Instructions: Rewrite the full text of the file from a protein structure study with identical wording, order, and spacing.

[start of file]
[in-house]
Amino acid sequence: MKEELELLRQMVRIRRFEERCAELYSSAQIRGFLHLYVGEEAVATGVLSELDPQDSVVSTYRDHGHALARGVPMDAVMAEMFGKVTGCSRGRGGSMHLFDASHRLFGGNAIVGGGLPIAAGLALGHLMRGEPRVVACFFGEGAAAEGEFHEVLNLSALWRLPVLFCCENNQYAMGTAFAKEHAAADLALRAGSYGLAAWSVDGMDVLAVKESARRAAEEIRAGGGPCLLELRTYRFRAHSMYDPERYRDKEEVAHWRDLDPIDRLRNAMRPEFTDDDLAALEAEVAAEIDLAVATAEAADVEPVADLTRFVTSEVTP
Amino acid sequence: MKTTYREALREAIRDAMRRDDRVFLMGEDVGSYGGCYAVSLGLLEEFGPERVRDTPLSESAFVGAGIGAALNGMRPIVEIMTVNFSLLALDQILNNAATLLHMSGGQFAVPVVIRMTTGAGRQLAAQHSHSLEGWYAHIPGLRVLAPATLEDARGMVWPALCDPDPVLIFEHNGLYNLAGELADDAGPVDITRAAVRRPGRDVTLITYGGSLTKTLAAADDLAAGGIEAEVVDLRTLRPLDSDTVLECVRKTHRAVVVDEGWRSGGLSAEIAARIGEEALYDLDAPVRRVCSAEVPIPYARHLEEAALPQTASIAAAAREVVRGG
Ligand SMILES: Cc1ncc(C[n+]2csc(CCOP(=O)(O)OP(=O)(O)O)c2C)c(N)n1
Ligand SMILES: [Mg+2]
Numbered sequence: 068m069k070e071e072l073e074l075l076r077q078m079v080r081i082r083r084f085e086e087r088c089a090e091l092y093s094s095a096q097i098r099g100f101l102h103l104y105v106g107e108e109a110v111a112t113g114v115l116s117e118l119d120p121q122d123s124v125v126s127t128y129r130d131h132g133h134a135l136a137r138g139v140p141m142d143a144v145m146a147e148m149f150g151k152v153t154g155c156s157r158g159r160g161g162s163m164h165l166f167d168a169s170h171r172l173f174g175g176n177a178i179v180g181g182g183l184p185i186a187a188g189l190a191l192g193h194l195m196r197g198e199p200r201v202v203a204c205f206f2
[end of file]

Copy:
[in-house]
Amino acid sequence: MKEELELLRQMVRIRRFEERCAELYSSAQIRGFLHLYVGEEAVATGVLSELDPQDSVVSTYRDHGHALARGVPMDAVMAEMFGKVTGCSRGRGGSMHLFDASHRLFGGNAIVGGGLPIAAGLALGHLMRGEPRVVACFFGEGAAAEGEFHEVLNLSALWRLPVLFCCENNQYAMGTAFAKEHAAADLALRAGSYGLAAWSVDGMDVLAVKESARRAAEEIRAGGGPCLLELRTYRFRAHSMYDPERYRDKEEVAHWRDLDPIDRLRNAMRPEFTDDDLAALEAEVAAEIDLAVATAEAADVEPVADLTRFVTSEVTP
Amino acid sequence: MKTTYREALREAIRDAMRRDDRVFLMGEDVGSYGGCYAVSLGLLEEFGPERVRDTPLSESAFVGAGIGAALNGMRPIVEIMTVNFSLLALDQILNNAATLLHMSGGQFAVPVVIRMTTGAGRQLAAQHSHSLEGWYAHIPGLRVLAPATLEDARGMVWPALCDPDPVLIFEHNGLYNLAGELADDAGPVDITRAAVRRPGRDVTLITYGGSLTKTLAAADDLAAGGIEAEVVDLRTLRPLDSDTVLECVRKTHRAVVVDEGWRSGGLSAEIAARIGEEALYDLDAPVRRVCSAEVPIPYARHLEEAALPQTASIAAAAREVVRGG
Ligand SMILES: Cc1ncc(C[n+]2csc(CCOP(=O)(O)OP(=O)(O)O)c2C)c(N)n1
Ligand SMILES: [Mg+2]
Numbered sequence: 068m069k070e071e072l073e074l075l076r077q078m079v080r081i082r083r084f085e086e087r088c089a090e091l092y093s094s095a096q097i098r099g100f101l102h103l104y105v106g107e108e109a110v111a112t113g114v115l116s117e118l119d120p121q122d123s124v125v126s127t128y129r130d131h132g133h134a135l136a137r138g139v140p141m142d143a144v145m146a147e148m149f150g151k152v153t154g155c156s157r158g159r160g161g162s163m164h165l166f167d168a169s170h171r172l173f174g175g176n177a178i179v180g181g182g183l184p185i186a187a188g189l190a191l192g193h194l195m196r197g198e199p200r201v202v203a204c205f206f2